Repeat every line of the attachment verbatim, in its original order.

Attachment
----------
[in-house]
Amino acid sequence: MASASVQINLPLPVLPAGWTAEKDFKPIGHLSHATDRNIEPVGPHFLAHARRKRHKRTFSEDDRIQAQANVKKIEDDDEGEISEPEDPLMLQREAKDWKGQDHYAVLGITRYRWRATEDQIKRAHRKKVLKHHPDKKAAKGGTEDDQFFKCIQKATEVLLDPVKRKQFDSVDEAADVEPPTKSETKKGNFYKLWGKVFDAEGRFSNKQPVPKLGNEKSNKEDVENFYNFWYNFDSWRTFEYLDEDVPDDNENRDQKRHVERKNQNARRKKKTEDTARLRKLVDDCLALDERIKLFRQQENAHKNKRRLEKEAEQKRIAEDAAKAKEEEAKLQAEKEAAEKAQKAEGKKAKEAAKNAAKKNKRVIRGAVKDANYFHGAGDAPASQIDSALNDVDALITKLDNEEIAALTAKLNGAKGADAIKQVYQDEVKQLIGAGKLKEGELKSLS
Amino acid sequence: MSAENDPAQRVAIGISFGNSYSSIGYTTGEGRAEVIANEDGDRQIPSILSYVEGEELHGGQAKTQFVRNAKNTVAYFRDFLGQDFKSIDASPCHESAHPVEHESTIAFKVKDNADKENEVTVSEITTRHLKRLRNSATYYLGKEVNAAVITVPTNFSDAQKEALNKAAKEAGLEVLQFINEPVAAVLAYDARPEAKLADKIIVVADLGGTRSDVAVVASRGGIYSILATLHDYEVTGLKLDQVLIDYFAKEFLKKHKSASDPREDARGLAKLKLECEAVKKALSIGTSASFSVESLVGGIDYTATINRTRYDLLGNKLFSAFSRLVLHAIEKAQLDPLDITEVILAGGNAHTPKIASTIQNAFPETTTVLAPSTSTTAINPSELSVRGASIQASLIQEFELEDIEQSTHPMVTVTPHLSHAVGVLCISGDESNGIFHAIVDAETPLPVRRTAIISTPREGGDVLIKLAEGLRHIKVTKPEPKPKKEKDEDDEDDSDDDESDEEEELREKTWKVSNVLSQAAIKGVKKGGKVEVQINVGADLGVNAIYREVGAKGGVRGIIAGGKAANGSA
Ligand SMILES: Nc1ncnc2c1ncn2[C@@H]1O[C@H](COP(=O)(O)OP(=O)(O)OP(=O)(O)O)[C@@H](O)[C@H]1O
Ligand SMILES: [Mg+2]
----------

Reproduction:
[in-house]
Amino acid sequence: MASASVQINLPLPVLPAGWTAEKDFKPIGHLSHATDRNIEPVGPHFLAHARRKRHKRTFSEDDRIQAQANVKKIEDDDEGEISEPEDPLMLQREAKDWKGQDHYAVLGITRYRWRATEDQIKRAHRKKVLKHHPDKKAAKGGTEDDQFFKCIQKATEVLLDPVKRKQFDSVDEAADVEPPTKSETKKGNFYKLWGKVFDAEGRFSNKQPVPKLGNEKSNKEDVENFYNFWYNFDSWRTFEYLDEDVPDDNENRDQKRHVERKNQNARRKKKTEDTARLRKLVDDCLALDERIKLFRQQENAHKNKRRLEKEAEQKRIAEDAAKAKEEEAKLQAEKEAAEKAQKAEGKKAKEAAKNAAKKNKRVIRGAVKDANYFHGAGDAPASQIDSALNDVDALITKLDNEEIAALTAKLNGAKGADAIKQVYQDEVKQLIGAGKLKEGELKSLS
Amino acid sequence: MSAENDPAQRVAIGISFGNSYSSIGYTTGEGRAEVIANEDGDRQIPSILSYVEGEELHGGQAKTQFVRNAKNTVAYFRDFLGQDFKSIDASPCHESAHPVEHESTIAFKVKDNADKENEVTVSEITTRHLKRLRNSATYYLGKEVNAAVITVPTNFSDAQKEALNKAAKEAGLEVLQFINEPVAAVLAYDARPEAKLADKIIVVADLGGTRSDVAVVASRGGIYSILATLHDYEVTGLKLDQVLIDYFAKEFLKKHKSASDPREDARGLAKLKLECEAVKKALSIGTSASFSVESLVGGIDYTATINRTRYDLLGNKLFSAFSRLVLHAIEKAQLDPLDITEVILAGGNAHTPKIASTIQNAFPETTTVLAPSTSTTAINPSELSVRGASIQASLIQEFELEDIEQSTHPMVTVTPHLSHAVGVLCISGDESNGIFHAIVDAETPLPVRRTAIISTPREGGDVLIKLAEGLRHIKVTKPEPKPKKEKDEDDEDDSDDDESDEEEELREKTWKVSNVLSQAAIKGVKKGGKVEVQINVGADLGVNAIYREVGAKGGVRGIIAGGKAANGSA
Ligand SMILES: Nc1ncnc2c1ncn2[C@@H]1O[C@H](COP(=O)(O)OP(=O)(O)OP(=O)(O)O)[C@@H](O)[C@H]1O
Ligand SMILES: [Mg+2]